I didn't feel the sensation of being watched until twenty minutes into my walk. This was why I came, this was what I needed. A part of me was more romanced than curious of the feeling because it was so intense and only in specific spots of the forest.
I found the stump I used to sit on years prior, and placed myself squarely in the middle. Legs folded, I undid the clip holding my honey brown hair, and simply waited with eyes closed. What I had learned over the years of coming to this stump, in particular, was to ignore the feeling to make it more intense. Whether it was a trick of my mind or imagination, the feeling gave me goosebumps as I half smiled towards the sky.
The wind rustled the leaves, the various animals shuttered the forest floor debris and the gentle chirping that had always alluded me returned.
I kept myself very still.
This quiet cricketing sound was one that appeared only after I began to ignore the feeling of eyes on my back. It was an uneven rhythm that matched my movement, and the longer I stayed still, and the longer I pretended that nothing was there, the louder the sound became as it skittered closer to me from behind.
I could feel my heart hammering in my throat, my pulse pounding in my ears, threatening my ability to hear the chatter approaching behind me. I felt my stomach twist, my mouth water, as whatever creature creeping behind me got close enough that I could've sworn I felt it's breath on the back of my head. And just as I was about to jump out of my skin, to turn and look to see what I had found all these years, the chattering sound shuffled to my right.
It was never anywhere but right behind me.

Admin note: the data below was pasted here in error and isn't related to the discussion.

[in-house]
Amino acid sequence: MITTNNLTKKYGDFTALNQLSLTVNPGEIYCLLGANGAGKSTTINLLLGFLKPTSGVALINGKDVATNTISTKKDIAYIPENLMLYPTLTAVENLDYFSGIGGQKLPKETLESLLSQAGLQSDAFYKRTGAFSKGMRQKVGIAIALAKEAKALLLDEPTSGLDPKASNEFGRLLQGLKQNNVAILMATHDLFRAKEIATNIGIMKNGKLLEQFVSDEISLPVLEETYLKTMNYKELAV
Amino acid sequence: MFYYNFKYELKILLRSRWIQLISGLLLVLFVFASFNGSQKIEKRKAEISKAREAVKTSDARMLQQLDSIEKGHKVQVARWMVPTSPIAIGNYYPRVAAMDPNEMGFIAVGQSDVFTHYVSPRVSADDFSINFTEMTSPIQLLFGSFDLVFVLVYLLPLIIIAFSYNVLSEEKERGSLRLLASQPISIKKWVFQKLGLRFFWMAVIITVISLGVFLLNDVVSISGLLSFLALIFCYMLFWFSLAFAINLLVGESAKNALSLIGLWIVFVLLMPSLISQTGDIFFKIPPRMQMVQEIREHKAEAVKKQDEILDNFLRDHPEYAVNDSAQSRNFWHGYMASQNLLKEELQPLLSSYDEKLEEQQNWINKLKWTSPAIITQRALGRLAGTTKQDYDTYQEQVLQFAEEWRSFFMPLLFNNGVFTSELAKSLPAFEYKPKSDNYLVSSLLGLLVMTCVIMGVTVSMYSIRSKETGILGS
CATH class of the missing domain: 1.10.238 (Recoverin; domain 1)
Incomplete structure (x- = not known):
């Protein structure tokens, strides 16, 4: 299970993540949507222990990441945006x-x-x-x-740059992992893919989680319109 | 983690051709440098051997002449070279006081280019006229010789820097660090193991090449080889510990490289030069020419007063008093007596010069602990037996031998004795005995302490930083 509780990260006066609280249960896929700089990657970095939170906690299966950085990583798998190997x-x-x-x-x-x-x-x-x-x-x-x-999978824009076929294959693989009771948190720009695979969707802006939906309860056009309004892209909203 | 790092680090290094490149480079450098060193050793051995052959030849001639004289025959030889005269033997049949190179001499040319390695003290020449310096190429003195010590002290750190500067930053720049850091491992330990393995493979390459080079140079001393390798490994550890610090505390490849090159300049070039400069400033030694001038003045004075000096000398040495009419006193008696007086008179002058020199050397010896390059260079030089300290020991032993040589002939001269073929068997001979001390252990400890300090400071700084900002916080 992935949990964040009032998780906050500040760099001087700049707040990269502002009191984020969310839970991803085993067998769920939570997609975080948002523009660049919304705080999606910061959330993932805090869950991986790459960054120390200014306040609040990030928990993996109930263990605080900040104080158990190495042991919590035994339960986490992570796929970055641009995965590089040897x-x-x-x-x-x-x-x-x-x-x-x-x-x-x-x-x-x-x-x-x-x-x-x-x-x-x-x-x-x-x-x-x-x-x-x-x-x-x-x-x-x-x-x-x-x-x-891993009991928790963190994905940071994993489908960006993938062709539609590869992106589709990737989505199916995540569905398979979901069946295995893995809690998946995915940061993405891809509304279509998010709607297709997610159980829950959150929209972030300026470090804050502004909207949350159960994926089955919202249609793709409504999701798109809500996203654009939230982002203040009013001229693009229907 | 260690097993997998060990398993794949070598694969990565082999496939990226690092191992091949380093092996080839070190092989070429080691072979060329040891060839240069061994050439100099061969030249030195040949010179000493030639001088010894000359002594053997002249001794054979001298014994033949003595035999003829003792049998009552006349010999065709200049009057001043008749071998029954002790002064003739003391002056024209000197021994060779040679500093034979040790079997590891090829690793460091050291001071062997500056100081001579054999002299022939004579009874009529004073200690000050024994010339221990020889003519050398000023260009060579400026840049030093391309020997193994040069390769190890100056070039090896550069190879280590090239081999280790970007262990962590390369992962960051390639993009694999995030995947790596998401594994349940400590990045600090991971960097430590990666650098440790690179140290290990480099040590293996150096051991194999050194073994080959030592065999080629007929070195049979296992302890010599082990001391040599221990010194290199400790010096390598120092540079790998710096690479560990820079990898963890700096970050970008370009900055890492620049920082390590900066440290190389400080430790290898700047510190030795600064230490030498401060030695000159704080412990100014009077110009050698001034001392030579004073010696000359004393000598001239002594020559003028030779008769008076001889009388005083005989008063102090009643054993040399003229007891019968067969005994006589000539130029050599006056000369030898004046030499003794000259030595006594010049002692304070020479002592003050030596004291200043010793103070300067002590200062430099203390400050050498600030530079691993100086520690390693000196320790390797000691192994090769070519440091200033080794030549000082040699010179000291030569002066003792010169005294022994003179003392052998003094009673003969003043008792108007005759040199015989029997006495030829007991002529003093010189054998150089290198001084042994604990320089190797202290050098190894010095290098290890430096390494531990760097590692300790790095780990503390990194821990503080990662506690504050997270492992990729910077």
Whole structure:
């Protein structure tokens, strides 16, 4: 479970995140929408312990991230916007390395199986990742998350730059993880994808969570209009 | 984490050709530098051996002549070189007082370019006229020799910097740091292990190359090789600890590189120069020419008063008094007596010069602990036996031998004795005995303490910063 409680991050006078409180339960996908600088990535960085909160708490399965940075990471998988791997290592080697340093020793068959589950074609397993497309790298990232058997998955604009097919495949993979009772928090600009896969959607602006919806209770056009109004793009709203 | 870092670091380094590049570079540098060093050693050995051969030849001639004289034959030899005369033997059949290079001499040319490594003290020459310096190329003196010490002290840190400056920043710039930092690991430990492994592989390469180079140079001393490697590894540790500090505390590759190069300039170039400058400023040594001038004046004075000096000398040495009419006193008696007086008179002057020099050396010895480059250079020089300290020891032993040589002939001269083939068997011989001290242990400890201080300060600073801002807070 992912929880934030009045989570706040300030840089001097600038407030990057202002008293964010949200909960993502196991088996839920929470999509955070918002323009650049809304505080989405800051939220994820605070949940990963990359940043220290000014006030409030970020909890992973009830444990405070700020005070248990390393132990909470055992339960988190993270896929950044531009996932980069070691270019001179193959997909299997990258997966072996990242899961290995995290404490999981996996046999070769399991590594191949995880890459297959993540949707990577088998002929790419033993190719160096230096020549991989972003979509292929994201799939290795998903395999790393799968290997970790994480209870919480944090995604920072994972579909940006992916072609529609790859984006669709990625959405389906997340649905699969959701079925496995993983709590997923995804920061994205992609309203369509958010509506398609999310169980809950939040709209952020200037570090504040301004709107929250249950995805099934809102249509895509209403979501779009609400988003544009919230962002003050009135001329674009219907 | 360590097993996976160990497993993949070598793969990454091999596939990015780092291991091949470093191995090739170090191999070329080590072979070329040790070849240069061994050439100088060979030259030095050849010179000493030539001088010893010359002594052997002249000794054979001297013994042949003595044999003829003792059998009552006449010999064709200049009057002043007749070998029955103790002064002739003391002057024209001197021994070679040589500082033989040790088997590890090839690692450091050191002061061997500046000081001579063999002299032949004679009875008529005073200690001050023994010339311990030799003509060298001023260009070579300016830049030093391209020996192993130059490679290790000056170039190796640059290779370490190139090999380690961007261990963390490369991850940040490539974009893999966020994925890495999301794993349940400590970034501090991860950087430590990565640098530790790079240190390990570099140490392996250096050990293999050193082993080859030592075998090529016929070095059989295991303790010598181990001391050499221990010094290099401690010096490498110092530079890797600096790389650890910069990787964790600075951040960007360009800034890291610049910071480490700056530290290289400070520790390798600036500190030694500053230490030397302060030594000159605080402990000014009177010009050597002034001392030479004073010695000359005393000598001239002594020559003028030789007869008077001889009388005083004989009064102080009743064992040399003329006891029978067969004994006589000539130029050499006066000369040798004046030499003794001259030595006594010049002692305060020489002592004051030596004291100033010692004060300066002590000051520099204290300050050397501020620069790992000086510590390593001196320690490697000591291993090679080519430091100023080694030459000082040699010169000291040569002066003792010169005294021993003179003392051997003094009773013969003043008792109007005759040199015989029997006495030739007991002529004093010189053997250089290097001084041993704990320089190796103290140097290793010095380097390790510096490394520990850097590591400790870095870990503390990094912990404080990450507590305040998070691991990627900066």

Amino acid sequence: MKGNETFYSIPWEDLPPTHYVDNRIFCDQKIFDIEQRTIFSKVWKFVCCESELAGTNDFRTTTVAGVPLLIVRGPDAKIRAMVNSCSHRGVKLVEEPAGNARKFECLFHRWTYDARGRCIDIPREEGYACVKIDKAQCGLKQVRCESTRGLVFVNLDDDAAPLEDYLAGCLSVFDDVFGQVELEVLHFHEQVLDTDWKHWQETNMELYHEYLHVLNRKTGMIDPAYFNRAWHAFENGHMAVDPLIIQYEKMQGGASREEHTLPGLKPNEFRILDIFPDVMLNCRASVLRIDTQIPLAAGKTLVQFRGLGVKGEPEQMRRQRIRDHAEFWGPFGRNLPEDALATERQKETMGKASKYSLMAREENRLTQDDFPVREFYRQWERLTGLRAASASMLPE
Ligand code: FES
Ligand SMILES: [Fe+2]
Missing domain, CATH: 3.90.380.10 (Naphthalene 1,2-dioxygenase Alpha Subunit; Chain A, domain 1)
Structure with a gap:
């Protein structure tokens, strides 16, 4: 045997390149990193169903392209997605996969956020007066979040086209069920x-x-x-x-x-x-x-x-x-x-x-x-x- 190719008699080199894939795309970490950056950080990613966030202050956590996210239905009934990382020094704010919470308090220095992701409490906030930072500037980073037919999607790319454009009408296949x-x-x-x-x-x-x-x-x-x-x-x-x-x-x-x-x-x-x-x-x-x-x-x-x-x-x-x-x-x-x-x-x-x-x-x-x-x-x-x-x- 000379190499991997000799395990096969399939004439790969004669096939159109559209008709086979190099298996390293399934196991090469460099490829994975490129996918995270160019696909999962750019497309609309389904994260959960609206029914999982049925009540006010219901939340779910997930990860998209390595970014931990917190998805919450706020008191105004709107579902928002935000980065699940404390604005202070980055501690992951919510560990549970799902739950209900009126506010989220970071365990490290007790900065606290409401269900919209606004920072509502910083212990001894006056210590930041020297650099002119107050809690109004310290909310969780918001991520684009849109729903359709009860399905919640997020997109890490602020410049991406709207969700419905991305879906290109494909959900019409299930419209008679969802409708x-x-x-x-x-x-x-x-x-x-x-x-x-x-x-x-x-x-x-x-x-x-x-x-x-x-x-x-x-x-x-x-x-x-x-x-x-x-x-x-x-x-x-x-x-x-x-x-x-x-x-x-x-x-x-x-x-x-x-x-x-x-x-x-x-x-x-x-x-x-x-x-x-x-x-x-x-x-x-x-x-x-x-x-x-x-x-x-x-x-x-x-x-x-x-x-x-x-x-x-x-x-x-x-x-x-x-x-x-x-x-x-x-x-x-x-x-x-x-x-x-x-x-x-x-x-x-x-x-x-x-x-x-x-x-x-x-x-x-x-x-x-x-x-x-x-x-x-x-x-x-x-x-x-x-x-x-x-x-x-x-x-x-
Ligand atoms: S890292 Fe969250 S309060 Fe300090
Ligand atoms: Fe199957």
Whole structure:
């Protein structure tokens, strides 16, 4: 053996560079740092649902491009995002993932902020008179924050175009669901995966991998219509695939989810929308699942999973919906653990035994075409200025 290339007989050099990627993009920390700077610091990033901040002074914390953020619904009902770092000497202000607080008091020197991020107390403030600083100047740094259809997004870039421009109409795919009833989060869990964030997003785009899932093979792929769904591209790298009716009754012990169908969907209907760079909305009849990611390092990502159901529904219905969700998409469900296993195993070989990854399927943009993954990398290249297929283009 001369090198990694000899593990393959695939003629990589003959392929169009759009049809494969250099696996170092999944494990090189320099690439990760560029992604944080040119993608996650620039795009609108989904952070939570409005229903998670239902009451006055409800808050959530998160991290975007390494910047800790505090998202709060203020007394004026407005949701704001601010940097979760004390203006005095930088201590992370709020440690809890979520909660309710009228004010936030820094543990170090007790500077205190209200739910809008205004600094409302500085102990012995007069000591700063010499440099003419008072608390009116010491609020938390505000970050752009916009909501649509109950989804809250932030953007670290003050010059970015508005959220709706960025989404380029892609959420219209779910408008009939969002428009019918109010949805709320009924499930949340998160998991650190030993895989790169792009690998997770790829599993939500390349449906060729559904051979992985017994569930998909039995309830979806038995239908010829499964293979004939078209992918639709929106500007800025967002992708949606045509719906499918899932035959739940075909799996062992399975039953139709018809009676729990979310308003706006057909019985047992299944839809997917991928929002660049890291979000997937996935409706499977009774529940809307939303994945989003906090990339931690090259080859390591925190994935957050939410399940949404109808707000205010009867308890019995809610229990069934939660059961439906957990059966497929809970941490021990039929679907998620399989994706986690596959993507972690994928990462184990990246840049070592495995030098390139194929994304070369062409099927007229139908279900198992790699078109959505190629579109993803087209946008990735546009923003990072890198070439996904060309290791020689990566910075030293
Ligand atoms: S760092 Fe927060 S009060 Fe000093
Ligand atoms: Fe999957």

It was enough to shock me out of my romanced naivete and send my stomach into spirals that threatened to make me vomit my lunch of chocolate chip pancakes. My brown eyes flip open, my neck snapping to the right, where I could've sworn I saw a branch move and something depart into the darkness.
Part of me, the rational survivor, told me to turn back and leave, never to return to this haunting place. The other part, the curious young white girl who would surely die in a horror movie while looking for answers that should never be revealed, pushed me off the tree stump and propelled me forward through the line of oaks.
I could see very clearly the tree branches move aside for an unseen force just out of my line of sight. I tried to stay focused on it, but was forced to watch my footing as I stumbled and tripped over lifted roots, loose stones, and washed out ditches; enough so that the child in me would shake her head ashamed at my rusted experience.
I saw the ravine too late.
I skidded to a stop, my sneakers slipping in the moist earth before my momentum brought me leaning dangerously over the edge. With an "eep!", I tried to lean back but fell uselessly foward.